I wish to add a sentence to a software manual in German, with a meaning like this:
This keyboard shortcut is not available in the developer version.
I think that this translation is the simplest choice:
Dieses Tastenkürzel ist in der Entwicklerversion nicht verfügbar.
as I found it used in a very similar context in another software manual:
However, I noticed that the original writer of our manual preferred zur Verfügung stehen in these contexts. This is in line with the suggestion in an earlier question that the very similar zur Verfügung stellen collocation is often used in software development, though our manual never uses stellen, only stehen.
The problem is which verb form to use. The regular passive is:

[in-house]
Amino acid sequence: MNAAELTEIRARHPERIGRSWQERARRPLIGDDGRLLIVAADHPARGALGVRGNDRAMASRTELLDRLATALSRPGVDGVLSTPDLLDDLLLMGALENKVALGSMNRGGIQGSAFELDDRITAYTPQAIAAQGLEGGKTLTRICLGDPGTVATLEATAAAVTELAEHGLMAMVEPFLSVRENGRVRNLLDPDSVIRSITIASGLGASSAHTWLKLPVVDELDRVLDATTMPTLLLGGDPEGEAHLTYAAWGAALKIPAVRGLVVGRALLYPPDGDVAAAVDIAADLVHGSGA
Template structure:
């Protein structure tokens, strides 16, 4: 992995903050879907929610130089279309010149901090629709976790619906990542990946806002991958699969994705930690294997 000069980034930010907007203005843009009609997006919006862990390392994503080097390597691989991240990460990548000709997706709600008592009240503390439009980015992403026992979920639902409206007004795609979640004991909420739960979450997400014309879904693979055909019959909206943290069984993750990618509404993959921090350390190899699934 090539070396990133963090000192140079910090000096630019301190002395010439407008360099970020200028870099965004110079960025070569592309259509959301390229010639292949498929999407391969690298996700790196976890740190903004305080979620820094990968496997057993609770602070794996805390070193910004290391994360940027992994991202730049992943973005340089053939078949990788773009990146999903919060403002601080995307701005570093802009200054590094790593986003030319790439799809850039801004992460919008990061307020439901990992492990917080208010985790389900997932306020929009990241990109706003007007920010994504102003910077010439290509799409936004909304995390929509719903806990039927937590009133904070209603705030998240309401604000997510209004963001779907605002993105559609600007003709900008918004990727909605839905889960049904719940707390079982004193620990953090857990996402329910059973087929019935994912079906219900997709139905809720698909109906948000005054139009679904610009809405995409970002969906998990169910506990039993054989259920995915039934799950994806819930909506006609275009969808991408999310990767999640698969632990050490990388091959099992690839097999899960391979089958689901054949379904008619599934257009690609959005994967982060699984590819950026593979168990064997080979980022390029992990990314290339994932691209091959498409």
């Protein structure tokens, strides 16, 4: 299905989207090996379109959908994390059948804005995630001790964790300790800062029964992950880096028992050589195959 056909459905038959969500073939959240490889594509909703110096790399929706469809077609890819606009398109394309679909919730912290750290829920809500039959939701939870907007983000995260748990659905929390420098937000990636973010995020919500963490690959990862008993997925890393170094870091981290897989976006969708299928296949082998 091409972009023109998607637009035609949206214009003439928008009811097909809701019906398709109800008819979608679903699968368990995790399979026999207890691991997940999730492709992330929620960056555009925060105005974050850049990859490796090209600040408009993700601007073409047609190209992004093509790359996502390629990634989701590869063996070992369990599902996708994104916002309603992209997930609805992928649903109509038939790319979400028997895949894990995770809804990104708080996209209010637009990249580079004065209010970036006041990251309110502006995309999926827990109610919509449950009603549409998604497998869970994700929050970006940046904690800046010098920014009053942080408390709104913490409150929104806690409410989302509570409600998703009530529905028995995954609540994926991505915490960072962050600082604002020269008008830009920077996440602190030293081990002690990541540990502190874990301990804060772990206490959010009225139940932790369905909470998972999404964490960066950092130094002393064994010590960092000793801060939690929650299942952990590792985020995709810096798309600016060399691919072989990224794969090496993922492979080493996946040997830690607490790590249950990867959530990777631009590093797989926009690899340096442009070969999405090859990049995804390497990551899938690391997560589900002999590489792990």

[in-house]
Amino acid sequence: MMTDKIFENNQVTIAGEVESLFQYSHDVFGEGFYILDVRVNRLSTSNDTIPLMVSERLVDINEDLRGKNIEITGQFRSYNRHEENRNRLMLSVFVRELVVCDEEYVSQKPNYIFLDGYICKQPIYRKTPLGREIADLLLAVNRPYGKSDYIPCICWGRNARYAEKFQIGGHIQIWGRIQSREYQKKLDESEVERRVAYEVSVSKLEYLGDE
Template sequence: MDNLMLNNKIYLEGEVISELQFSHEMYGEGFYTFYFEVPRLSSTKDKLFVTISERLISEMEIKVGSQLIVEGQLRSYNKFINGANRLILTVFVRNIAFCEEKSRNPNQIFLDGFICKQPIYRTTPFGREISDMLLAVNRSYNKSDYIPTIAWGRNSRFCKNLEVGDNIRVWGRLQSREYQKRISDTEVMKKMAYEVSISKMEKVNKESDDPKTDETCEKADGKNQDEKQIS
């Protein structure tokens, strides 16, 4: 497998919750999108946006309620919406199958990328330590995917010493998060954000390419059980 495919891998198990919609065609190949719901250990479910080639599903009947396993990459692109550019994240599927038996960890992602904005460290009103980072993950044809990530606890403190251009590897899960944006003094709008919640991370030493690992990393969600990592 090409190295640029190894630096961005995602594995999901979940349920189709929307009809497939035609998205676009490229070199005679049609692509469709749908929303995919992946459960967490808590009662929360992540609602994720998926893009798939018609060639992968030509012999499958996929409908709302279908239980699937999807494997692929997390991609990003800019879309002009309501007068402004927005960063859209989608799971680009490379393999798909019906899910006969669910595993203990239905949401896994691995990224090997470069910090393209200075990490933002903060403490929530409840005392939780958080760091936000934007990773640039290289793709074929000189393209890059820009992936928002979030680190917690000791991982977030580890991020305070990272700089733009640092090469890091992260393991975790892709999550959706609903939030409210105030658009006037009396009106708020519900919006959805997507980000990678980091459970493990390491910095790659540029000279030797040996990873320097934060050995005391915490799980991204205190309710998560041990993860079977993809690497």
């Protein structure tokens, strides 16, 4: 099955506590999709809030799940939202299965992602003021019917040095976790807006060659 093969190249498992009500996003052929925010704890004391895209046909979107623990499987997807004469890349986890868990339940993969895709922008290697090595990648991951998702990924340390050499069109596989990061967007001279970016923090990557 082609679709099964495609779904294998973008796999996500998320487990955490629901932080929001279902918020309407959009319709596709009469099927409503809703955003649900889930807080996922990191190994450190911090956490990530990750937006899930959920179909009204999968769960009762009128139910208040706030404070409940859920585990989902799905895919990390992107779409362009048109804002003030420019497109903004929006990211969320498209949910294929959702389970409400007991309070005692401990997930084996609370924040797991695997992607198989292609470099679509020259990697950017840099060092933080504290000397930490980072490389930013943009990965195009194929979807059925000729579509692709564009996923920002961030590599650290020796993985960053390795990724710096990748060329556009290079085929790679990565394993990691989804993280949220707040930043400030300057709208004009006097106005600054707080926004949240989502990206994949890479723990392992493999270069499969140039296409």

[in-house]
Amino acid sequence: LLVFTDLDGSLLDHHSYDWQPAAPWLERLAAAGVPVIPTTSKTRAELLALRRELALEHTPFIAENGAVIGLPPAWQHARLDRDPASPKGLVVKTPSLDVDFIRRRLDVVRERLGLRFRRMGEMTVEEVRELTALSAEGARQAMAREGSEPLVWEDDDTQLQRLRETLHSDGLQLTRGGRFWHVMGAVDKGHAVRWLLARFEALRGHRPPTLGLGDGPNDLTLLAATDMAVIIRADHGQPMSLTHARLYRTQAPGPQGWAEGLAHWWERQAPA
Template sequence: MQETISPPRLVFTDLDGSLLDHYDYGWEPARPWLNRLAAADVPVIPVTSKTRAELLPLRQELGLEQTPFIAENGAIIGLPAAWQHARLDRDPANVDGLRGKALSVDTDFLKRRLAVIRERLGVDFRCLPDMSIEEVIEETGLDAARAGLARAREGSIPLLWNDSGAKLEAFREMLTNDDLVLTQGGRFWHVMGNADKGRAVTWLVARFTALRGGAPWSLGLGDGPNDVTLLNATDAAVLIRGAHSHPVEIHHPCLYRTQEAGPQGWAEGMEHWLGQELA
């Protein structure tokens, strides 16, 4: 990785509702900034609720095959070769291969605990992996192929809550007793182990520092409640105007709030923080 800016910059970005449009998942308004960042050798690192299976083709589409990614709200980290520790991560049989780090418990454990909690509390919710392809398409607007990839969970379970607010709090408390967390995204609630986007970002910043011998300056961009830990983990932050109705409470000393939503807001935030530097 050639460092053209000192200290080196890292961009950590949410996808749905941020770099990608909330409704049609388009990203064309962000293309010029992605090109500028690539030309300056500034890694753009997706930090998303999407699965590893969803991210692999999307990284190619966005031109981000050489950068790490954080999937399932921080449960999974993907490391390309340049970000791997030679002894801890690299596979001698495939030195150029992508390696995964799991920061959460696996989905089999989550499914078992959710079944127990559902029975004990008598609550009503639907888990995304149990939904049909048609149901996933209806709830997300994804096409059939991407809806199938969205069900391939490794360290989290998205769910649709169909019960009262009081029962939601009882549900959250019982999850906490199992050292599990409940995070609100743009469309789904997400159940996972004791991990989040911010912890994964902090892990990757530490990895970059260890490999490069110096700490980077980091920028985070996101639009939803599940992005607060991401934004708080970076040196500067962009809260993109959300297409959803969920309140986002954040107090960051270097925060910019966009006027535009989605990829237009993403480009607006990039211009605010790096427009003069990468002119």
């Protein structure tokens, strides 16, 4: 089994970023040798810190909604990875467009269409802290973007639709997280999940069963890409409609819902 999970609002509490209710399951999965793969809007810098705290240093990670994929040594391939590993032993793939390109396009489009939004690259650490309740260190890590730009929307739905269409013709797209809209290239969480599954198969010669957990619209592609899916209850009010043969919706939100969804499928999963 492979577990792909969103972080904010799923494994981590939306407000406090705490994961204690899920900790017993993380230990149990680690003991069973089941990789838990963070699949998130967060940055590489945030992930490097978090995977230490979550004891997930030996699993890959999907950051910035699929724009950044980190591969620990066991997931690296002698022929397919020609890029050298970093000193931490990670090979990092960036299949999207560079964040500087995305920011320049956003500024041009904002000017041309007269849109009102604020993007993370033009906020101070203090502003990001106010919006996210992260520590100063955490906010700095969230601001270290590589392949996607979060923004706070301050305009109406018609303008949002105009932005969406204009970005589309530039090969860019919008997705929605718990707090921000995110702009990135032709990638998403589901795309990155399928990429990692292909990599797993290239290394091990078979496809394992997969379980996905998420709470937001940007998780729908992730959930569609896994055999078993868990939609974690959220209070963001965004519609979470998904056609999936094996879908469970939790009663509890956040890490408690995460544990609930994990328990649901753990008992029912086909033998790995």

Dieses Tastenkürzel wird in der Entwicklerversion nicht zur Verfügung
But the answers and comments to the earlier question said that regular passive with stellen would be the equivalent of a future or progressive tense in English. I want to describe the present state of the software, so the "regular" passive does not seem suitable.
The statal passive is:
Dieses Tastenkürzel ist in der Entwicklerversion nicht zur Verfügung
This emphasizes that the present state is the result of a previous action. That is the truth; the shortcut has been deliberately removed in the developer version. But the original author never used zur Verfügung stehen in the statal passive, Google Books does not have any recent examples of zur Verfügung gestanden (or ...gesteht, my mistaken conjugation) in the statal passive, and a random person on the Internet says it is wrong.
So can you use the statal passive form, ist + zur Verfügung
gesteht gestanden or is that collocation wrong?
I know that German uses passive voice much less than English does. Is there some non-passive form of zur Verfügung stehen that I should use instead?